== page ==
Gettysburg Illustrations - WileyStudio

Doc reenacted as a Battlefield Illustrator-Photographer, and Dixie as an Ice Angel-Photographer. Eventually, the full color, black and white, and period-style Illustrations will cover most key events and personages of the battle held to be the turning point of the American Civil War.

INTERESTING NOTES ON CIVIL WAR BATTLEFIELD ILLUSTRATORS: Alfred Waud, Frank Vizetelly, and other Civil War Battlefield Illustrators were civilian artists who produced artworks as they followed both Union and Confederate Armies throughout the war. Their initial quick battlefield sketches were further developed in camp, then sent by horse couriers or blockade runners for conversion into engravings in publications such as Harper's Weekly, The New York Illustrated News, and The Illustrated London News. In this way, live action battlefield events were brought to American and European audiences quickly - for the time - and made the Civil War the first conflict viewable in history as it unfolded. Photography was a new technology - so the photographic work of Gardner and Brady was not yet reproducible in printed publications. In addition, camera shutter speeds were slow and not capable of capturing live action - which is why the photography of the time tended to capture after-battle scenes, portraits, and static images - making the work of battlefield illustrators the only way to convey battlefield live action scenes. Illustrators like Waud and Vizetelly lived frequently with front line troops and were in much personal peril as they worked. A typical up to 30-minute pencil sketch was further rendered in camp or in the field then sent in to a publisher in as few as two days where the conversion into wood block or metal plate engravings were made by a team of artists for printing and distribution to a waiting public. Waud, following the Army Of The Potomac worked for Northern publications and could get his work published fairly quickly, but Vizetelly - following the Army Of Northern Virginia - faced the added constraint of having to send his work to The Illustrated London News via blockade runners from Wilmington, North Carolina. Of interest; there was a Northern Bounty on both Vizetelly AND his work - as it was considered propaghanda against the north. Such was the commitment of Battlefield Illustrators and publishers at the time. Illustrated newspapers with Civil War Battlefield Scenes were in very high demand and sometimes sold more than 300.000 copies per issue.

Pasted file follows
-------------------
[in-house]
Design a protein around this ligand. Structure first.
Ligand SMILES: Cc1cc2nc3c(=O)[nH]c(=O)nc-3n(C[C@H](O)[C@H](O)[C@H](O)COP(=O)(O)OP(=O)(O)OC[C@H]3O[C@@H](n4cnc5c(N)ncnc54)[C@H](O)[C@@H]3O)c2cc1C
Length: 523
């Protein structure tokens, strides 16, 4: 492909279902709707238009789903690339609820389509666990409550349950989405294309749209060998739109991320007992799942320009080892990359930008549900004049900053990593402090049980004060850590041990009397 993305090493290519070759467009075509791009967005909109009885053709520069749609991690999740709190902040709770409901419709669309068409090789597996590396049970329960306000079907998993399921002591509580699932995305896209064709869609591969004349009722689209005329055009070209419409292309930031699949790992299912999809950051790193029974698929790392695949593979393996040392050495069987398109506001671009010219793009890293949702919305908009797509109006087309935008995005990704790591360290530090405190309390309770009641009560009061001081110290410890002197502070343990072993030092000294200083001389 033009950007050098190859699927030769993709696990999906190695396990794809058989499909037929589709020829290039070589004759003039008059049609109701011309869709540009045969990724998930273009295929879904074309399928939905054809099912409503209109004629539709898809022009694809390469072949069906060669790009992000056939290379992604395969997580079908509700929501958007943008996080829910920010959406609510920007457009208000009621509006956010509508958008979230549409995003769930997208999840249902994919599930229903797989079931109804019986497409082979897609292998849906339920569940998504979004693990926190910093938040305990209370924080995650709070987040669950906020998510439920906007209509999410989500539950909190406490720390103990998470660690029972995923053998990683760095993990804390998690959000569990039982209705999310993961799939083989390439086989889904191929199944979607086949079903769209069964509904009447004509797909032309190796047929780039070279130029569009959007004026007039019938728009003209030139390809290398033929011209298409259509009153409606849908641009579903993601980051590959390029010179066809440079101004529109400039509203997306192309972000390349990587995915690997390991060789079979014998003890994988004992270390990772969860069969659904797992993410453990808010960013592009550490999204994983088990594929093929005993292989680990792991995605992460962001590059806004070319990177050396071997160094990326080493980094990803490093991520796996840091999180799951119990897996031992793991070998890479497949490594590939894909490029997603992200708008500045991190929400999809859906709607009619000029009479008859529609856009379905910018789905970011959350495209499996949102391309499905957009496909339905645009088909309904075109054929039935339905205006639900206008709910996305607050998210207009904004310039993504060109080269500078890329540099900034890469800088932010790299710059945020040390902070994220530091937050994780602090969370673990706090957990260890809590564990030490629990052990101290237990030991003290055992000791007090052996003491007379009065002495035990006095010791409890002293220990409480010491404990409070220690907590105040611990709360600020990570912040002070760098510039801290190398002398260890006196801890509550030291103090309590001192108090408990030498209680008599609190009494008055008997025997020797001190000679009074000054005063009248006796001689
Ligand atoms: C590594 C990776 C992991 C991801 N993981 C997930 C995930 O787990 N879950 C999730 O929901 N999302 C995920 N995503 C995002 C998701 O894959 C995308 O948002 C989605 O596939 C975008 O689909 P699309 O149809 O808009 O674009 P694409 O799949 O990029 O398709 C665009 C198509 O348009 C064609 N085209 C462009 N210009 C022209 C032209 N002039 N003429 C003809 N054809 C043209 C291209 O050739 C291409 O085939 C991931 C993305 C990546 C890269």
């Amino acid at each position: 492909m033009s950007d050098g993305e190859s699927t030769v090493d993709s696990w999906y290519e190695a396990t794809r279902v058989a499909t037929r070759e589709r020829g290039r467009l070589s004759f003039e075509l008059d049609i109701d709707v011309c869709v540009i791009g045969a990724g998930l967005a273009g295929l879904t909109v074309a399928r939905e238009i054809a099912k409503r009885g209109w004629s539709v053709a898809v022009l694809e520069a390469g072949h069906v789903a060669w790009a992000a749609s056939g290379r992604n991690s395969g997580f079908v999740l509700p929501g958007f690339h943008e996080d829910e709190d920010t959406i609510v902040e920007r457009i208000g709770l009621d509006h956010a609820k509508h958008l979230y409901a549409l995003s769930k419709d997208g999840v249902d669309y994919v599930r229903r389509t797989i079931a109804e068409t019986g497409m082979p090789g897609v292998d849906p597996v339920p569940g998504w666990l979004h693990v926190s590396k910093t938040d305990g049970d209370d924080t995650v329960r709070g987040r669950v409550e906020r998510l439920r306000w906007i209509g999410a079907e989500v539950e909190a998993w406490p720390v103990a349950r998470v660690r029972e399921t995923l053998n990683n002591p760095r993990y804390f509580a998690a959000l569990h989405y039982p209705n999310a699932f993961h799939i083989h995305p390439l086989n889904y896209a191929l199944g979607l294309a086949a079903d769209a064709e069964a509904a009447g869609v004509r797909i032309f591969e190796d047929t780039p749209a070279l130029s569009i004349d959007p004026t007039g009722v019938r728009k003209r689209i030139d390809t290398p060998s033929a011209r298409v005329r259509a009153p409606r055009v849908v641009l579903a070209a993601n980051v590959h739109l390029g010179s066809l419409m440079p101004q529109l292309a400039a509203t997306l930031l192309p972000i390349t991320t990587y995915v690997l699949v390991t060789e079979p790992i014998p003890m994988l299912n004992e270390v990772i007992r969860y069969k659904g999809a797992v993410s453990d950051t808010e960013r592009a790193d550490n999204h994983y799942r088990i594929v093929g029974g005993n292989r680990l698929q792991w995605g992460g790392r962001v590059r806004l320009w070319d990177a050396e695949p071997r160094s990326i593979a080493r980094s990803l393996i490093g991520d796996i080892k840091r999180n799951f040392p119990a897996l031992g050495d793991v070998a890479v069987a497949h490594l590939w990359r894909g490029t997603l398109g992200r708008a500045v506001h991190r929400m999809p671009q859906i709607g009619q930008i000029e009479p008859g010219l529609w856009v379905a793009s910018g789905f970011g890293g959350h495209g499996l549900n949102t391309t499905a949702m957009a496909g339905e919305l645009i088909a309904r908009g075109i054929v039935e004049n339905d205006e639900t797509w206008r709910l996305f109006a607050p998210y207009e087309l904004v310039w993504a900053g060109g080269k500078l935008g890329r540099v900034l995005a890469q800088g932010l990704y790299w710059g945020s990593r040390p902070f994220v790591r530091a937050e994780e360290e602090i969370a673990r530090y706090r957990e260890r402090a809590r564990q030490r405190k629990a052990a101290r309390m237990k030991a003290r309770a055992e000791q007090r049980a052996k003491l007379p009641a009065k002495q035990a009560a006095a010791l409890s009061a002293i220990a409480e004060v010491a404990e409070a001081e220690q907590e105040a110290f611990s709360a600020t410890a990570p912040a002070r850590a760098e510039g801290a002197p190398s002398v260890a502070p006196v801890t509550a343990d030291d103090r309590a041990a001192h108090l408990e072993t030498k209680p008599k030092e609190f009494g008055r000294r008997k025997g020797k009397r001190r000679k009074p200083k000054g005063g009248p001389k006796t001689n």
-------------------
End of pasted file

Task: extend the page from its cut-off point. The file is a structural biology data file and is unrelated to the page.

Longstreet's Reluctance

General Longstreet was a reserved and conservative Commander who wasn't necessarily forthcoming with his views. But, he was with Lee. Here we see his oiled flowing beard, doubtful eyes, pursed lips, and posture leaning slightly backward; the reluctant look Longstreet may have had when alone thinking about and viewing what was to come; contemplating Lee's utter resolve to follow through with Pickett's Charge to break the center of the Union Line - and the destruction of Confederate Infantry Longstreet was sure would happen when it assaulted the Union's Strong Defensive Position on Cemetery Ridge.

Historical accounts during and in the long years afterward chronicle General James Longstreet's advice to Lee to flank the southern portion of The Fishhook instead of making "The Grande Charge". Lee thought and ordered otherwise - was defeated - and we now think of Pickett's Charge as the "High Water Mark of the Confederacy"... ...a glorious but militarily sad moment for the South.

Note that Longstreet's portrait is darker, Lee's portrait lighter, and that Longstreet faces the opposite direction... ...sensitives of an illustrator who appreciates history as it was - not what we necessarily want it to be.

Time Of Execution: 10 Hours
Technique / Media: Graphite, Prisma-Color, gouache on gray paper.
Size: 11" x 14"

Scott WileyGettysburg8th TennesseeCleburne's DivisionEwell's 2nd CorpsPickett's ChargeThe Grande Charge150th Gettysburg Reenactment IllustrationdrawingLongstreetportraitslideshowDoc Wileydw